Multicollinearity is a phenomenon in which two or more independent variables, used collectively to model a dependent variable, are highly correlated with one another (they can be linearly predicted from each other) [1]. For example, if canopy height and volume are highly correlated, using them both for modeling yield will suffer from multicollinearity issues. Multicollinearity adversely affects the statistical significance of the independent variables in common methods of regression analysis, such as least squares, and causes drastic fluctuations in estimated coefficients and weakens the statistical power[2]. When the number of independent variables is limited, understanding and handling multicollinearity is relatively simple, and in some cases, its effects are negligible since the model prediction is not affected. However, increasing the number of input variables makes the multicollinearity issue rather tricky. For example, hyperspectral data contain hundreds of highly correlated bands that should be handled before modeling. Usually, this leads to feature selection and feature engineering techniques that are discussed in the next section.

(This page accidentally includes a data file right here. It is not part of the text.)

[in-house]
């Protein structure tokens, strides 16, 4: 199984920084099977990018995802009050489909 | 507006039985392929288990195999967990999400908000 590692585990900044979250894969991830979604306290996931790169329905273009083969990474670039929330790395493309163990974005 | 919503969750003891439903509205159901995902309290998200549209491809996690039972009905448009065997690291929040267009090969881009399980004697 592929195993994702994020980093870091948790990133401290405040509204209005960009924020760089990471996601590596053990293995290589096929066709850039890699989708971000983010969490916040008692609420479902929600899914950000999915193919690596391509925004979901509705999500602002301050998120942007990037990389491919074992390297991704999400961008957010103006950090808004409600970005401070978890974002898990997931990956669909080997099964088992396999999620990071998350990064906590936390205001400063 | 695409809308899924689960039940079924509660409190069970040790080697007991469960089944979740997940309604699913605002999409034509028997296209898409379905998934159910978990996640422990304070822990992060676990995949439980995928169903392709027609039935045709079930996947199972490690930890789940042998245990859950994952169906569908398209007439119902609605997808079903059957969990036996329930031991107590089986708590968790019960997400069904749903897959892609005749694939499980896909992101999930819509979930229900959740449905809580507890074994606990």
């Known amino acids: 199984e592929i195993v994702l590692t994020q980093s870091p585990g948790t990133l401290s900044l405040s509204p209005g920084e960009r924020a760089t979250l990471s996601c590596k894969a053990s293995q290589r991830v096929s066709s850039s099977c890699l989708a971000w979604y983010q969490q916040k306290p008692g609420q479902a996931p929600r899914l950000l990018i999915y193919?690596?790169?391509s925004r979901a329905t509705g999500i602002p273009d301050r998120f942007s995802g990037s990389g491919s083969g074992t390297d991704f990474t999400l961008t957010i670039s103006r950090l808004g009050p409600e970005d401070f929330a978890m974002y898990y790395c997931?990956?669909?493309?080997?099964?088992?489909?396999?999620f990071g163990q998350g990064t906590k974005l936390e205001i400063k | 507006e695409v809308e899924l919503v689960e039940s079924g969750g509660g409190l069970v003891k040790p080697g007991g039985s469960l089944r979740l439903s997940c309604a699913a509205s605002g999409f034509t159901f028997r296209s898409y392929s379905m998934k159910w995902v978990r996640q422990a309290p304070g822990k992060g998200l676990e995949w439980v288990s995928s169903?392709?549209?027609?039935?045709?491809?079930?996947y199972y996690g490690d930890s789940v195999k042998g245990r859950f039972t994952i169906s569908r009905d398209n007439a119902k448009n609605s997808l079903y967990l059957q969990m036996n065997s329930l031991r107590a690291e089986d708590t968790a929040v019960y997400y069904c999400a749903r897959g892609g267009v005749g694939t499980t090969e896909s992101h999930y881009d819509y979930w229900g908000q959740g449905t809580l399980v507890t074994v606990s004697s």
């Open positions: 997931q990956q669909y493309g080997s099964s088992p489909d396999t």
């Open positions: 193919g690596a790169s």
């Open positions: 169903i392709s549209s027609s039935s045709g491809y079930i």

When using machine learning techniques, however, the multicollinearity issue might not be as severe as conventional statistical models due to their working principles, but if not eliminated, it adds to the problems complexity, fluctuations in predictions, and overfitting[3].


[1]       M. P. Allen, “The problem of multicollinearity,” Understanding regression analysis, pp. 176–180, 1997.

[2]       M. H. Kutner, C. J. Nachtsheim, J. Neter, and W. Li, Applied linear statistical models, vol. 5. McGraw-Hill Irwin New York, 2005.

[3]       A. Garg and K. Tai, “Comparison of statistical and machine learning methods in modelling of data with multicollinearity,” International Journal of Modelling, Identification and Control, vol. 18, no. 4, pp. 295–312, 2013.